The costs associated with obtaining probate in Queensland include:

Legal Expenses

Executors often seek legal assistance to navigate the probate process, especially if the estate is complex or if disputes arise. Legal fees can vary based on the complexity of the case and the services provided.

Executor Fees

In some cases, the executor may be entitled to claim a fee for their services. The allowable amount is often specified in the Will, but if not, the court may determine a reasonable fee based on the complexity and size of the estate.

Common Mistakes to Avoid

Ambiguous Language

One of the most common pitfalls in Will drafting is the use of ambiguous language. Vague or unclear terms can lead to confusion among beneficiaries and potentially result in disputes. An example of ambiguous language might be:

“I leave my property to my siblings to share equally.”

This phrase, while seemingly straightforward, can lead to ambiguity. It doesn’t specify which property is intended, whether it includes real estate, personal belongings, or financial assets. Additionally, it’s hard to determine an ‘equal’ division of an unspecified portion of the estate. Without clarity, this provision could potentially result in disagreements among siblings during the distribution process.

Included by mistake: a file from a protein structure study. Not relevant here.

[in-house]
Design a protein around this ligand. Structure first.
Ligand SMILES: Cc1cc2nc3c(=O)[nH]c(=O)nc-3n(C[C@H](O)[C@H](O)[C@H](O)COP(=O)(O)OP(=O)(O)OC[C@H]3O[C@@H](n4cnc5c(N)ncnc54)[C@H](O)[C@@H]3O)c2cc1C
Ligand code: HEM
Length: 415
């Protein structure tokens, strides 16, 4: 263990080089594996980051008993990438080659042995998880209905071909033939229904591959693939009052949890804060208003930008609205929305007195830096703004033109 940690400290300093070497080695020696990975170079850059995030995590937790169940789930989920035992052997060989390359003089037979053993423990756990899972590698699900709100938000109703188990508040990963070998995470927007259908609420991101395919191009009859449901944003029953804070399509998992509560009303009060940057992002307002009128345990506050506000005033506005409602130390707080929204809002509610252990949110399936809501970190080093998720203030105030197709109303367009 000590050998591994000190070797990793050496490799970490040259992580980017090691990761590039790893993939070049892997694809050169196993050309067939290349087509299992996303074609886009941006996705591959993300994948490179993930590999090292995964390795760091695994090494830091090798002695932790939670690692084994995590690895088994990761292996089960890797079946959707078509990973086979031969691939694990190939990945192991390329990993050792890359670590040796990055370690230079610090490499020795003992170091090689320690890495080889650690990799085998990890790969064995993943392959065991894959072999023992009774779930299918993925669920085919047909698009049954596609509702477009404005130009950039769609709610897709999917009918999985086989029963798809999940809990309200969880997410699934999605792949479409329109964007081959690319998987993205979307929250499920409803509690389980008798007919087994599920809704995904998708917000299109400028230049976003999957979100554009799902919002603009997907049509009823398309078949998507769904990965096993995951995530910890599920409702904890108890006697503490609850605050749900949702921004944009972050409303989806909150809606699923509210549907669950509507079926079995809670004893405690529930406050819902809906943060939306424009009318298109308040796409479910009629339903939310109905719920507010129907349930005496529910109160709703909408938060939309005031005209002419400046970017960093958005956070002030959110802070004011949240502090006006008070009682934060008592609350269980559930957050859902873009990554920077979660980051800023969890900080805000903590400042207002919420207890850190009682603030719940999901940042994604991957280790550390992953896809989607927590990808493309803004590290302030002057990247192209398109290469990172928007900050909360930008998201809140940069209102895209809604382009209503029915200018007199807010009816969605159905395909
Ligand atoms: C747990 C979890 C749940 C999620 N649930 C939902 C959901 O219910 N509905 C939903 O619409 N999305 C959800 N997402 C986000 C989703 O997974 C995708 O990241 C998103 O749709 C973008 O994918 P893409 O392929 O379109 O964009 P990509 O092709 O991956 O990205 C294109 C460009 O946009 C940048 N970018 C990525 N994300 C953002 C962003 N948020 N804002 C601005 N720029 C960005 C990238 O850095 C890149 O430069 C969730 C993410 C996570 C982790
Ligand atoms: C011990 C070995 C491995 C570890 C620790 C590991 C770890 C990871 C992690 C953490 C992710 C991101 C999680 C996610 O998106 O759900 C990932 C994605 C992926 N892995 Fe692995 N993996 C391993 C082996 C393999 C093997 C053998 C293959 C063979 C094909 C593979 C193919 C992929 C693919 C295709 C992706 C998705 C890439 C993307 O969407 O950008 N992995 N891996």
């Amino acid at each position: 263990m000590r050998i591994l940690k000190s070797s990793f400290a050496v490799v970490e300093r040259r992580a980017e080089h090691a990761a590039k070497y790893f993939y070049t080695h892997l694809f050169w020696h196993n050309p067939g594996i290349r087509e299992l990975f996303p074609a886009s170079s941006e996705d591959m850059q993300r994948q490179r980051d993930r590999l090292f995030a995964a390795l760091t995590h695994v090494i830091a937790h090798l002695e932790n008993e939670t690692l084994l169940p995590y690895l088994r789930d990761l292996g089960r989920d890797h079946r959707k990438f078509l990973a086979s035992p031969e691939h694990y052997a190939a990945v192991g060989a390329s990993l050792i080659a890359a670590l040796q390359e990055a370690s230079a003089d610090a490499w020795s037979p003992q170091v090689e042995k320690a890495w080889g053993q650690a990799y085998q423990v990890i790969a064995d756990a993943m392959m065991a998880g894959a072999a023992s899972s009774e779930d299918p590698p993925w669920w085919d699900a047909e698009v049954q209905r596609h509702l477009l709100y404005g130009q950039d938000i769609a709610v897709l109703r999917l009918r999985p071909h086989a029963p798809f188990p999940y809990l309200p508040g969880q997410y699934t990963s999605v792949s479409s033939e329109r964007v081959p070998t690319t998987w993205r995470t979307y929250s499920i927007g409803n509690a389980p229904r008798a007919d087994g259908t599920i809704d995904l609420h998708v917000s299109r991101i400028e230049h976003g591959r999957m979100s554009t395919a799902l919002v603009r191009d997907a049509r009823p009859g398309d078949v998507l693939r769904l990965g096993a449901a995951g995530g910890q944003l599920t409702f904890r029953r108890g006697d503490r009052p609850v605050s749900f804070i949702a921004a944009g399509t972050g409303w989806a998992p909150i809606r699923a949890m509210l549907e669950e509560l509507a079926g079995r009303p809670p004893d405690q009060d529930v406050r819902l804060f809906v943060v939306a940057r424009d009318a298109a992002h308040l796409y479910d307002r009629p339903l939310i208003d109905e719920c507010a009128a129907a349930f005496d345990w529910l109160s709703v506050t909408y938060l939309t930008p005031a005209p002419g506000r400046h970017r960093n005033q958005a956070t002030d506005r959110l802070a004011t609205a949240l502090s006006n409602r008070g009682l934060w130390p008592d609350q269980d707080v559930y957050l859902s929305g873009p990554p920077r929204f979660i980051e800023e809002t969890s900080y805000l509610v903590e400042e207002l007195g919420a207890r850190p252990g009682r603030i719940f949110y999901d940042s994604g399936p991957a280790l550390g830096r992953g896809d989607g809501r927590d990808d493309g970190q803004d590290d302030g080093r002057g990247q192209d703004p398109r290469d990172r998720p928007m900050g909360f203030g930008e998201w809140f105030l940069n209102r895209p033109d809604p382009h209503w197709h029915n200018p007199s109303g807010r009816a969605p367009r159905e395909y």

To avoid such ambiguity, the Will should explicitly detail the specific assets, their values, and how they are to be divided. Seek professional advice if you’re uncertain about the clarity of your language to ensure your intentions are accurately captured.

Failure to Update the Will

Failing to update your Will in line with significant life changes can lead to unintended consequences. Regularly review your Will, especially after major life events such as marriage, divorce, the birth of children, or the acquisition of significant assets. An outdated Will may not align with your current wishes and could create complications during the probate process.